Note: This article is about a community of sea gypsies in Ranong Province. We have been working together with these poor island villagers since the tsunami. Link to full text and photos here. Text only - below.Published in Bangkok Post, Sunday, May 13, Spectrum Section
By Craig Skehan
Village elder and midwife Liya Pramongkit, skin brown and furrowed as a walnut, spent her early life living as a nomad aboard handcrafted wooden boats called kabang. They were fashioned from giant rainforest logs; planking held together with vines.
The kabang symbolised the human form and elements of the boat were named after body parts such as the stomach and ribs. All around them were the spirits of the sea. Whole families once lived on kabang, often for months at a time. A thatched roof would provide only partial protection from the weather.
Ms Liya still sings a fittingly haunting Moken lullaby about a hungry child. So many Moken children have gone hungry, not least in recent years, as their parents' subsistence way of life has ebbed away.
There was the devastating 2004 tsunami, greater enforcement of the arbitrary maritime Myanmar "border" with Thailand and the commercial depletion of marine life. Many children have died from malnutrition and disease.
If there are sea spirits watching over the Moken, they must be weeping.
"All the children you see around here, I helped their mothers give birth," says Ms Liya, who thinks she is in her late sixties.
"If they study, they will be good people in the future. Moken children before did not go to school. And girls still often start having babies when they are aged only 12 or 13. A lot of the women here look older than they are."
Ms Liya had six children, but three died between the ages of 10 and 12 without diagnosis or treatment.
Her Moken clan is one of the few related sea gypsy groups scattered in Thai territory to retain much of their mother tongue. Age-old traditions, though, are floundering.
Rather than criss-crossing the Andaman Sea, navigating by the stars and a knowledge of currents, this group of several hundred Moken cling like barnacles to the small island of Koh Lao, despite their lack of Thai citizenship.
The forested island is 40 minutes by motorboat from the port of Ranong, where the labour force is overwhelmingly comprised of workers from Myanmar.
On Ranong's picturesque wharf, large though still rustic-looking, commercial fishing vessels are provisioned for voyages to as far away as India. These days, Moken men help crew these boats, their own small wooden vessels destroyed by the 2004 tsunami. Many men are away now, but monsoonal weather will soon force most of them home.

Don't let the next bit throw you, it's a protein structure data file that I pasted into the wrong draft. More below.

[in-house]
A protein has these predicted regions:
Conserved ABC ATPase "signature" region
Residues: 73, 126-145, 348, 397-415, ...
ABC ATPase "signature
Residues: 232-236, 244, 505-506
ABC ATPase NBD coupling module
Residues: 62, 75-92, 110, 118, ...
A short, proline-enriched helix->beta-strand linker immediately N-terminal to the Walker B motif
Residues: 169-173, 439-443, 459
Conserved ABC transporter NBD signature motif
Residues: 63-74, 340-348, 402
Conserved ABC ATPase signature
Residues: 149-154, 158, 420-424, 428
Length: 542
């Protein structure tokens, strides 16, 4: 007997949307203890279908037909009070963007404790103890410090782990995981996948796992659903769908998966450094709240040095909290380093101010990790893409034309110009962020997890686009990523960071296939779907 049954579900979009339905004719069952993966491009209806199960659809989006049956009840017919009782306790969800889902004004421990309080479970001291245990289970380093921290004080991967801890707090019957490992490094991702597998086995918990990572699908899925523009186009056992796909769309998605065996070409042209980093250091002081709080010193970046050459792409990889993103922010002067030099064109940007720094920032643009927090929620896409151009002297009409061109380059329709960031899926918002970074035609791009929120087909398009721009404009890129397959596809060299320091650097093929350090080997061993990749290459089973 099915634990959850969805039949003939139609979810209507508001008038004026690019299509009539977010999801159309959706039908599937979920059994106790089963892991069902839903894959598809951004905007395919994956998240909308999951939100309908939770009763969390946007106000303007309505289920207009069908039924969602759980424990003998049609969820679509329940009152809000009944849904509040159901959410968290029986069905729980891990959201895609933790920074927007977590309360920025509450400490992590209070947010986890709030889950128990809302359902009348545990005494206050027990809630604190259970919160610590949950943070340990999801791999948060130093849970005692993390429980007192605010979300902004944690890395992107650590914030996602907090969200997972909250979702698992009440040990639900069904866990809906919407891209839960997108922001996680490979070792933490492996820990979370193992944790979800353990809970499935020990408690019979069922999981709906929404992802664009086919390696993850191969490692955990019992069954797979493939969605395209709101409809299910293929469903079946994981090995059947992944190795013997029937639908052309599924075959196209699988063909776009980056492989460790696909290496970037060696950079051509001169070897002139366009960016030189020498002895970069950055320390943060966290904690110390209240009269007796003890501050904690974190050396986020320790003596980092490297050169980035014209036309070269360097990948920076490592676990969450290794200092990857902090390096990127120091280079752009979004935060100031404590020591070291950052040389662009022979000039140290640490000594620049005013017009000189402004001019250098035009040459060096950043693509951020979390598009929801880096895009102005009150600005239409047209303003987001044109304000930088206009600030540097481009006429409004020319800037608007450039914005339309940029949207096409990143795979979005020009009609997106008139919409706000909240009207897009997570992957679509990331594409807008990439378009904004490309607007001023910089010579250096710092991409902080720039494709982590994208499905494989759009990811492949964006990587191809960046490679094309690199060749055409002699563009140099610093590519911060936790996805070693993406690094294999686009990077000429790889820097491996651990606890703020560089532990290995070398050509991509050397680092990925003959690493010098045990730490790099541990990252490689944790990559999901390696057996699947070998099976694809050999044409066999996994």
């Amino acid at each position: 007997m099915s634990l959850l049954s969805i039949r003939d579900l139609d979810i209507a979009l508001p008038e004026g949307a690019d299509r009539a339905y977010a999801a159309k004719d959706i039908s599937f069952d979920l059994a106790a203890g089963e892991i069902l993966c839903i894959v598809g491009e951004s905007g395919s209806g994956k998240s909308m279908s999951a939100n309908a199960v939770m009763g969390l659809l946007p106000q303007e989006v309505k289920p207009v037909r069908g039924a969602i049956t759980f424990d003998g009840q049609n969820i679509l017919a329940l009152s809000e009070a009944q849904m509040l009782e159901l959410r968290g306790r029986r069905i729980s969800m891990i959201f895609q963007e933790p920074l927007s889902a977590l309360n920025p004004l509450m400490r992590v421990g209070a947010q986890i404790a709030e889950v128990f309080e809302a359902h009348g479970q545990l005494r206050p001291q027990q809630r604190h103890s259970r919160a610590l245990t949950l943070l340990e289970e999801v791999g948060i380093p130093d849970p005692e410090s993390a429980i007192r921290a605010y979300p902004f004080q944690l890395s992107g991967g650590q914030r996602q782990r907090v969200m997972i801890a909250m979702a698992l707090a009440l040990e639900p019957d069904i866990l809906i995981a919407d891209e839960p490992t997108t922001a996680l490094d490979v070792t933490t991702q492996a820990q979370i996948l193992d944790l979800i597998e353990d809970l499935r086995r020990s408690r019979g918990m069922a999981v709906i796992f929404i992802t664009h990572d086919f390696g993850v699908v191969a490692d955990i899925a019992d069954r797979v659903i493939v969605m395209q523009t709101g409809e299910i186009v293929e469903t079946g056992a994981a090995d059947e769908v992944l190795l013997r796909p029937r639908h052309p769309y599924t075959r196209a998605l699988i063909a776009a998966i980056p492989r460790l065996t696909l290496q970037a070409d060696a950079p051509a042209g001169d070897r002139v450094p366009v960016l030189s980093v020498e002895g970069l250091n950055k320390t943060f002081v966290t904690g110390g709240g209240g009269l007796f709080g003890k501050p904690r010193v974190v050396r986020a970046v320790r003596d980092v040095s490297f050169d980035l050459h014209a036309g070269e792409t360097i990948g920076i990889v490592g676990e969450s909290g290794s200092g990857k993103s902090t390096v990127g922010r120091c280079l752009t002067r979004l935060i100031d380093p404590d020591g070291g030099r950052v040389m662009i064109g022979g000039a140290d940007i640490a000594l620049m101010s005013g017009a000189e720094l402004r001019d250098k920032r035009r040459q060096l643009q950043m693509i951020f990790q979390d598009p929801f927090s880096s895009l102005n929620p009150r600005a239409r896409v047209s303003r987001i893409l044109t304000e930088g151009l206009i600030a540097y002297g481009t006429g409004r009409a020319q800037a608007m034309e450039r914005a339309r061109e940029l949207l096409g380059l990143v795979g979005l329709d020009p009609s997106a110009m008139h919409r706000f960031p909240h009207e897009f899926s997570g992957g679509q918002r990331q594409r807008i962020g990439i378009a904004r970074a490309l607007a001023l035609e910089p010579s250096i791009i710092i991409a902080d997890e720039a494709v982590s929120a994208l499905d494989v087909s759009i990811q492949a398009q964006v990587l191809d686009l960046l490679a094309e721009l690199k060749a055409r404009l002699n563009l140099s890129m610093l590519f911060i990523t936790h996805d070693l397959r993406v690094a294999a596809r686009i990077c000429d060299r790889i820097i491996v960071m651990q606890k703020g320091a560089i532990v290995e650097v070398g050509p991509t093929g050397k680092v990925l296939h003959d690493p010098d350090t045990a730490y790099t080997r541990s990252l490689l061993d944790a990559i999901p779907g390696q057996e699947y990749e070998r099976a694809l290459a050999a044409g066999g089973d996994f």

Women sit under shanty houses on stilts, playing cards; gambling; some drinking heavily. Dogs abound. Between rows of ramshackle houses, there is a fetid miasma of plastic bags and other rubbish. There was little rubbish to dispose of when people were living according to traditional ways and and new practices in a sedentary alien environment are hard to grasp.
When the sea "went out" suddenly at Koh Lao and elsewhere in the region on Dec 26, 2004, old Moken knew what was coming. They headed for the hills and survived.
On some of the bigger tourist islands, there were documented cases of sea gypsies warning Thais and foreigners that a tsunami was coming. That brought a certain amount of interest and sympathy from outsiders, but curiosity about the profound links between the Moken and their saltwater domain soon faded.
The tsunami did more than destroy Moken boats. Christian groups came in search of converts among a people previously ignored. There are tales of missionaries telling Moken they would have to "pray to God" to receive clothes, boats and food.
The Moken elders of Koh Lao were relieved when the Catholic Mercy Centre from Bangkok's Klong Toey slums, headed by Father Joe Maier, arrived four years ago and took a more culturally sensitive approach while providing a makeshift school, healthier food and assistance with medical care.
"There is always tomorrow, isn't there?" Fr Maier said. "If we can keep the language alive and the culture alive and their great belief in the spirits of the sea, and their great respect for the oceans, then there is hope."
In the village, there is a modest general store run by a Thai woman, Nawanit Jampit, 47, a Koh Lao native.
She complains that much post-tsunami official assistance was inappropriate or marred by corruption.
Moken said steel hulled boats given to them could not be taken out to sea and promptly sold them. Funding arrangements just resulted in more low-standard housing.
"Sometimes the government assist Moken, but what they give melts like ice-cream in the sun," she said. "Those giving the aid just take pictures so they can put them on their websites."
Some NGOs had done the same thing. Mrs Nawanit did a drawing of a person representing certain NGOs with a fishing line and a Moken figure on the hook as bait to attract donors.
She believes that education could give children a weapon to defend their interests in wider Thai society.
"Uncle" Sri-dhit does not look like a master bomber. But visitors are assured that he is an expert at rigging explosive charges. Bare chested and grey haired, but lithe and muscular for an elderly man, you may want to avoid Uncle Sri-dhit during one of his regular drinking bouts. However, he is widely known for having a deep understanding of the Andaman Sea and its ways. Life has been hard. One of the seaman's sons was left crippled by severe decompression sickness, a curse among the remaining Moken deep divers.
In Ranong, with its Tesco shopping complex, omnipresent ATMs, plush hotels and discos, as well the grime of a working port and smuggling centre, fortunes are made in the big business of seafood.
From jellyfish to squid and crustaceans, it is a trade that flourishes. The delicious produce can turn up in Taiwan, Korea, Singapore or Hong Kong in up-market restaurants charging what for the Moken would represent earnings from many gruelling weeks at sea. Some scoff at perceived Moken backwardness, but they are more than happy to squeeze a tidy profit from the sea gypsies.